Websites — you should aim to have an effective website that you are able to easily update and maintain. Some argue there’s no difference between “digital marketing” and “marketing”. And I agree. Digital is everywhere, and websites are par for the course. If you don’t like your website, then it doesn’t take much to get ahead of it. How much should you spend on your website? It really depends on how much value it brings to your business and the role that it plays in new business (i.e if you’re a consultancy that relies on word of mouth and existing customer referrals then just make sure it works and looks professional. Whereas if you’re an eCommerce store or a more established business that provides a sought-after product of service in a competitive space - then having a well-designed and structured website is going to pay off in droves. For these clients, I always suggest spending as much (if not more) as the wage of the best salesperson on your website. This should include hosting, platform and regular updates. For enterprise businesses,the website is part of a broader cost-benefit analysis and should be subject to enterprise analytics and conversion measurements to understand ROI (it’s complicated)
GMB optimisations — Google My business is becoming a really important part of all customer journeys. With Google rewarding participating businesses with valuable right-hand columns (on desktop) and top of the page (on mobile). With Google dominating online searches, being able to ‘listen’ to what they are asking you to do can give you an advantage for nothing over competitors. Given Google has really pushed GMB and we know that customers like reviews and it impacts decision making, then pick up what they are putting down and take the time to make sure your GMB is en point.
Ads — The businesses wanting to grow need to get their name and reputation out there. It’s not to say that a business cannot succeed with advertising, but it is one of the easiest ways to get their name out there. I would caution against just throwing money at Google or Facebook, and instead consider a range of awareness-building initiatives that will suit your budget and your business. However, keep in mind that advertising and brand building is largely linked with neural brain pathways and behavioural psychology what works really depends on a range of factors including how consistent and distinctive your brand is, along with how available your product or service is (i.e. no point in pushing a packet of chip brand to customers that isn’t available anywhere near them to purchase).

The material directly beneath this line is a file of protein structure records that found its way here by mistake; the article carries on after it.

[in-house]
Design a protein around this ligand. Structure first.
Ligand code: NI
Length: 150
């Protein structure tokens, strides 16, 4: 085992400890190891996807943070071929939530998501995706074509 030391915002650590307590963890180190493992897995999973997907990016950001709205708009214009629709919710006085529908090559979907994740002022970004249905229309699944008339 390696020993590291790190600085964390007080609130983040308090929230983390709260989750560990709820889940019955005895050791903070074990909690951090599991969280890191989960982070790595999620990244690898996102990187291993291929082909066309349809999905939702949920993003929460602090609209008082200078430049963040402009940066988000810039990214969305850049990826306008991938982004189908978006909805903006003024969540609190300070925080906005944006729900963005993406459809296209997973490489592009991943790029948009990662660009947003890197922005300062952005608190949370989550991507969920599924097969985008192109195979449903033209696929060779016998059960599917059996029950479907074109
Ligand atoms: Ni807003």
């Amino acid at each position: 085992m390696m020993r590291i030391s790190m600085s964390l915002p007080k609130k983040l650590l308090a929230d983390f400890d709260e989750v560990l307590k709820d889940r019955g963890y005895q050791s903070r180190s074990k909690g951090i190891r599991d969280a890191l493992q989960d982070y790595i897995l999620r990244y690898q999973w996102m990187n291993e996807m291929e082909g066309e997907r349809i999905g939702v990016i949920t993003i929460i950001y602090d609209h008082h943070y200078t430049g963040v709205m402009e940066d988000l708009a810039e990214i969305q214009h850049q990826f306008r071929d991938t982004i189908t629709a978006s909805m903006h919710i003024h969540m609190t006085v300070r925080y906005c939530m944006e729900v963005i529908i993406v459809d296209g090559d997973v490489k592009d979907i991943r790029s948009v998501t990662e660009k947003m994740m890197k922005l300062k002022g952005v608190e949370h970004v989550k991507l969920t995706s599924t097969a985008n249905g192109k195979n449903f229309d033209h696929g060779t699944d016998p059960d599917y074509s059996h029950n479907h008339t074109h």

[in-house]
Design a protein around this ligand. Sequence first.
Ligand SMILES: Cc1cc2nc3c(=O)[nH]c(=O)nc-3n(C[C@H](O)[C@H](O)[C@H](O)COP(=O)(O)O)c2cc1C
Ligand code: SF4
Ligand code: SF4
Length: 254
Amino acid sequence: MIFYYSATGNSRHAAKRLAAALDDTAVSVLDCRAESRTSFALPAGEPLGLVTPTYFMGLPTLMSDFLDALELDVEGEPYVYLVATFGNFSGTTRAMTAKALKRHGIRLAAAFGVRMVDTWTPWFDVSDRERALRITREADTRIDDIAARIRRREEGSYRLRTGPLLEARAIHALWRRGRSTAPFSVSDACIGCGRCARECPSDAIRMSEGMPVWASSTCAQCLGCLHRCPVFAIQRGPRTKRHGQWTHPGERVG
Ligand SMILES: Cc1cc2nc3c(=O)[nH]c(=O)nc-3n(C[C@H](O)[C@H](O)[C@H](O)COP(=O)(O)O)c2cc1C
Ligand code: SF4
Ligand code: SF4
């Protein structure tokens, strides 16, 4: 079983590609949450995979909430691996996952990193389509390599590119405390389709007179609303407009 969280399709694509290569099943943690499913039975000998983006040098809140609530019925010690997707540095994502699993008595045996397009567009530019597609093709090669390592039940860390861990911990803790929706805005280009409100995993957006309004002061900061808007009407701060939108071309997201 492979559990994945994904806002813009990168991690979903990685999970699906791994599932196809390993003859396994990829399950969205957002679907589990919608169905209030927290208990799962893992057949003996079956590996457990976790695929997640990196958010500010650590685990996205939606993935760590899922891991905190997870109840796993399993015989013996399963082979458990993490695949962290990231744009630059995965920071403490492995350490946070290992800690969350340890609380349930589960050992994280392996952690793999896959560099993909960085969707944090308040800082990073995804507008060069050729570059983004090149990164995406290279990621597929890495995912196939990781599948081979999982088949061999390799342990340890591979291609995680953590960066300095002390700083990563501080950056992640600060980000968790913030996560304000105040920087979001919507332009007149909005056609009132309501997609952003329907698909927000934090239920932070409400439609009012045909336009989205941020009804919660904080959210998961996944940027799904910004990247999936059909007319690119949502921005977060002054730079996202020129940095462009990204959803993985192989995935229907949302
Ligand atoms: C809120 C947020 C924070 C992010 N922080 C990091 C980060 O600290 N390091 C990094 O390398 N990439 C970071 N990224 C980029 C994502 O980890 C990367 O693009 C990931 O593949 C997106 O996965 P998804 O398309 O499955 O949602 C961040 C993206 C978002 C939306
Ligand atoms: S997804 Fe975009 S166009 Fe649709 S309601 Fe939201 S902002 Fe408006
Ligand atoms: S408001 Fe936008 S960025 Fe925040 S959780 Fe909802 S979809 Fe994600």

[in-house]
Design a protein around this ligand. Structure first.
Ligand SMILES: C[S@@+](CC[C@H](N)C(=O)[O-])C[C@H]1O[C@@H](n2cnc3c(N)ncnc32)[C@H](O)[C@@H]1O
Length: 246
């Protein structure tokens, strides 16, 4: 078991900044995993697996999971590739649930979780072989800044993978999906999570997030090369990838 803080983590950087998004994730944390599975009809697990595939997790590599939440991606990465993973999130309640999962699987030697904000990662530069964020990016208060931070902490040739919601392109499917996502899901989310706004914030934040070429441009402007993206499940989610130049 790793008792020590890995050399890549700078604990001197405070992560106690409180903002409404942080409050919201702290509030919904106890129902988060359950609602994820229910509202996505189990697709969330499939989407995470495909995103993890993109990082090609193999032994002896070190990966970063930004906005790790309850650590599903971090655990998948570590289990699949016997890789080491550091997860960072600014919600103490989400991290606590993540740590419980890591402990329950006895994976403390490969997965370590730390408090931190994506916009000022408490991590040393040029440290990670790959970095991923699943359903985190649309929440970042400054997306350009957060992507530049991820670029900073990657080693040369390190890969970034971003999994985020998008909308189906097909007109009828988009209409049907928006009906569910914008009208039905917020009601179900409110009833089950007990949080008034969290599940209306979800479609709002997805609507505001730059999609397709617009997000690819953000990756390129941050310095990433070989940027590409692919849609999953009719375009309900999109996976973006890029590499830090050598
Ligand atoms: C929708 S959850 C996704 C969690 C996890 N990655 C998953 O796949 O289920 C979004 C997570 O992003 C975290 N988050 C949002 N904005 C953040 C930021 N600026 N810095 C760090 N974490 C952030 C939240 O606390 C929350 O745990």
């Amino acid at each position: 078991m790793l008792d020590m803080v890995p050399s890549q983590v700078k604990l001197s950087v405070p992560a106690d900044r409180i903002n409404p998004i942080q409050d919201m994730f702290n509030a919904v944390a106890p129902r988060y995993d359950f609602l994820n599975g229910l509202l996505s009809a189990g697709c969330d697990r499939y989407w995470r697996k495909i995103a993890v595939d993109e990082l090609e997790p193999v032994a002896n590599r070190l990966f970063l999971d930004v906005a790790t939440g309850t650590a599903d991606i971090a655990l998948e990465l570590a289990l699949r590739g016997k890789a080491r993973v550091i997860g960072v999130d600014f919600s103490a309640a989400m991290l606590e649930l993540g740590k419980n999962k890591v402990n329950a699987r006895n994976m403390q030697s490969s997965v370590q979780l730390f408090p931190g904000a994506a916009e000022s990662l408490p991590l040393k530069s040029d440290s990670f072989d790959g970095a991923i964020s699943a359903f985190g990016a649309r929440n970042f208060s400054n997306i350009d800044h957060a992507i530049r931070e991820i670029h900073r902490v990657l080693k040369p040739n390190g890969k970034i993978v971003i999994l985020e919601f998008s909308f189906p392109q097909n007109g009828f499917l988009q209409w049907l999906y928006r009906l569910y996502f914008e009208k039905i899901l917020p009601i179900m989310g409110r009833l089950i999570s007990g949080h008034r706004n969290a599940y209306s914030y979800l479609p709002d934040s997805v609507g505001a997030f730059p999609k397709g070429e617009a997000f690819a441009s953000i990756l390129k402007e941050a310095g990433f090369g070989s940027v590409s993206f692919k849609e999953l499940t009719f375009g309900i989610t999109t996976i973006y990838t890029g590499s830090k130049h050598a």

SEO — The dark arts. SEO or Search Engine Optimisation is such a generalised area of marketing that is often misunderstood and oversimplified. In the very basic sense, it’s about making sure that you are being found when people are searching on search engines (like Google or Bing). From there it can get incredibly complicated and involved, with a variety of tactics and strategies employed to varying levels of effectiveness and measurability. In my experience, if you can focus on content and telling a story, that will help, but ultimately, you need to get expert help and someone who has the experience and knows what they are doing.
Email Marketing — I consider email marketing a bit like Social Marketing. If you’re not going to spend the time to really do it differently, then just make sure you get the basics right. We know that customers don’t want to get spammed, so I love to use it as a way to have a conversation with my customers and prospects about what we’re working on. Keep it short and sweet. Promotions work too. The other key thing to keep in mind is that it is a numbers game. Sends, receives open rate, view rate, click-throughs. You have to be considered, but you should not be too precious about the story that you are trying to tell, or whether it should be perfect. Done is better than perfect. If you have a large enough data base, employ A/B testing and build on success. Try to understand what will work for your customers and why.
Broader Strategies — One of the reasons I love marketing and digital is that it is always changing. There are new platforms and technologies coming into the marketing each month. There is still a degree of ‘what works for one will work for all’, but it’s still worthwhile to consider anything and everything if it’s going to work for your business. What we know works is having a very good product (the product, the product, the product), and then making sure you have the basics set up brilliantly. We try to encourage our customers to be frugal when they need to be, and generous when it’s working, and also to trust in the process. Not everything can be measured on a month-by-month basis, and anyone convincing you to blindly trust the numbers doesn’t understand what they are talking about.